Despite her passion for teaching, Ninehan didn’t secure a full-time teaching position until 14 years after earning her bachelor’s degree. In the meantime, she parlayed the part-time job she’d held at Bloomingdale’s as a student into a full-time gig as a personal shopper. Due to her background in history, Ninehan often was assigned to work with foreign dignitaries and political figures, but she said it was “not what I intended to be in my life.”
Finally, while reading the newspaper on the way to work in 1988, she saw a classified ad for a seventh-grade social studies teacher—“just by the grace of God,” she said. “I never used to take the newspaper to work and one day I did.”
“I called when I got to my office and the secretary said, ‘Sister will call you back,’ and I thought, ‘Catholic school?’ And that’s where I’ve been ever since.”
Funnily enough, if it hadn’t been for some insistent advice Ninehan received as a student, her path may have differed. When applying for New York state teacher certification, someone suggested she also apply for New Jersey certification. As a “kid from Queens,” she thought, “I’m never going to live in New Jersey,” but that’s where her teaching career has taken place, the bulk of it at the very first school she found via the newspaper ad: Perth Amboy Catholic School in Perth Amboy, New Jersey.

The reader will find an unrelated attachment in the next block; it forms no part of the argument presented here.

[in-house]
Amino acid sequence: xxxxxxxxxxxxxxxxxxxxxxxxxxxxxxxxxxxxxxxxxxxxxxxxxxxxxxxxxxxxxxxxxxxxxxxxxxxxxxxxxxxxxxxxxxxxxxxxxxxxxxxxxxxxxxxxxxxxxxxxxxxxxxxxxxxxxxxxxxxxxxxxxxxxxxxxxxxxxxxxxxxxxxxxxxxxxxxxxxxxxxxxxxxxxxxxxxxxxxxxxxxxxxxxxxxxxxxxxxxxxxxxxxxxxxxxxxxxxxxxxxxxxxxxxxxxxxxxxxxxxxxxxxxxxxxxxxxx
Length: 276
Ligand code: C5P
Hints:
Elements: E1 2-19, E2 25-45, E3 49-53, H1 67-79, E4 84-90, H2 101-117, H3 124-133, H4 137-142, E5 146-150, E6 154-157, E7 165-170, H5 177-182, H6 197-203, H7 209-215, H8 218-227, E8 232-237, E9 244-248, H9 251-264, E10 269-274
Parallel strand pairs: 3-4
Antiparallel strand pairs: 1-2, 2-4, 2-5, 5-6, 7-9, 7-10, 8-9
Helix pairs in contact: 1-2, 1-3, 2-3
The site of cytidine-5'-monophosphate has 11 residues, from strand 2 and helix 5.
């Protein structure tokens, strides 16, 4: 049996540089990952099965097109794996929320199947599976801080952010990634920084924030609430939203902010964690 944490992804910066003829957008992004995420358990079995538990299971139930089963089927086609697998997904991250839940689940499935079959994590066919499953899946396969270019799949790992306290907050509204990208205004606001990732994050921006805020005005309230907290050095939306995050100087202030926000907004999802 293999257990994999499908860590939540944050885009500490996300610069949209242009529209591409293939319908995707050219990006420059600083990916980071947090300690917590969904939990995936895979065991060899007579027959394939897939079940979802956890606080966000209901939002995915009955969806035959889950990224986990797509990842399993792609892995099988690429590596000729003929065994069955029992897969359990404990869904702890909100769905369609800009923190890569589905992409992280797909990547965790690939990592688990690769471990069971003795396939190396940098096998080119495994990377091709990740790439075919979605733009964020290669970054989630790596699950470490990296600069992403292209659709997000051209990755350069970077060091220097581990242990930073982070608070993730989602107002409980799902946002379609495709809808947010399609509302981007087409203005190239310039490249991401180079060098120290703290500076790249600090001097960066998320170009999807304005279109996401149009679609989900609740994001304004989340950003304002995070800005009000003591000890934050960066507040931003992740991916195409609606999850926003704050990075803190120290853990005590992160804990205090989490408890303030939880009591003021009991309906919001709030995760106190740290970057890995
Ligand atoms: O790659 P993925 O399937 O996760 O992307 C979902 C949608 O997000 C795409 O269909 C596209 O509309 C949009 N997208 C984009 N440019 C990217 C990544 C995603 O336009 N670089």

In addition to serving as a seventh- and eighth-grade teacher at Perth Amboy, Ninehan was a principal there. After an autoimmune disease diagnosis in 2011 prompted her retirement, Ninehan continued to teach part time and volunteer at the school. Due to COVID-19, she hasn’t been able to return to Perth Amboy yet, but she said she helps out however she can.
“I’ve done things like revise the handbook and helped with alumni affairs—things of that nature,” Ninehan said. “Things that are not classroom per se, but school-oriented. So, it’s kept me in the loop.”
A Cause Close to Home